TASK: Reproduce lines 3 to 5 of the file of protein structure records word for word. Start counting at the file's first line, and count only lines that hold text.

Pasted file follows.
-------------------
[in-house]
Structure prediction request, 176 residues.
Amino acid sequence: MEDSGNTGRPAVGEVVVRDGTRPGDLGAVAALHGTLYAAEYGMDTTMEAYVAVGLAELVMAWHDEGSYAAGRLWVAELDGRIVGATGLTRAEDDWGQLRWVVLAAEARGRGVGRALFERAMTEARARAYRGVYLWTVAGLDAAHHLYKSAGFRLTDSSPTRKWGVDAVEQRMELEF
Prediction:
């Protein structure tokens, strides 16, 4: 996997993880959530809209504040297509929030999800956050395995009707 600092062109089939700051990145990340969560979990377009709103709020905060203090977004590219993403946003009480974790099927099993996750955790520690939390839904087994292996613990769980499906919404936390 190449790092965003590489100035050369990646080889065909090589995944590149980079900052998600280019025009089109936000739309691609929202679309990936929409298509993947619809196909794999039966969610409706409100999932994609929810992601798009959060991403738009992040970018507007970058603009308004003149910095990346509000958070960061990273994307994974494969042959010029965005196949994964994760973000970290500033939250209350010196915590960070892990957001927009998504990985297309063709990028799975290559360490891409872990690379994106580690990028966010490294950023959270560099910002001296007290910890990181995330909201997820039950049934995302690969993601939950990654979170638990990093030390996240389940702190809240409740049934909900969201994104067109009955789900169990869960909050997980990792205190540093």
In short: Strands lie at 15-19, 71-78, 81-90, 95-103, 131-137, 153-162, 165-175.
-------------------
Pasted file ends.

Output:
Amino acid sequence: MEDSGNTGRPAVGEVVVRDGTRPGDLGAVAALHGTLYAAEYGMDTTMEAYVAVGLAELVMAWHDEGSYAAGRLWVAELDGRIVGATGLTRAEDDWGQLRWVVLAAEARGRGVGRALFERAMTEARARAYRGVYLWTVAGLDAAHHLYKSAGFRLTDSSPTRKWGVDAVEQRMELEF
Prediction:
């Protein structure tokens, strides 16, 4: 996997993880959530809209504040297509929030999800956050395995009707 600092062109089939700051990145990340969560979990377009709103709020905060203090977004590219993403946003009480974790099927099993996750955790520690939390839904087994292996613990769980499906919404936390 190449790092965003590489100035050369990646080889065909090589995944590149980079900052998600280019025009089109936000739309691609929202679309990936929409298509993947619809196909794999039966969610409706409100999932994609929810992601798009959060991403738009992040970018507007970058603009308004003149910095990346509000958070960061990273994307994974494969042959010029965005196949994964994760973000970290500033939250209350010196915590960070892990957001927009998504990985297309063709990028799975290559360490891409872990690379994106580690990028966010490294950023959270560099910002001296007290910890990181995330909201997820039950049934995302690969993601939950990654979170638990990093030390996240389940702190809240409740049934909900969201994104067109009955789900169990869960909050997980990792205190540093």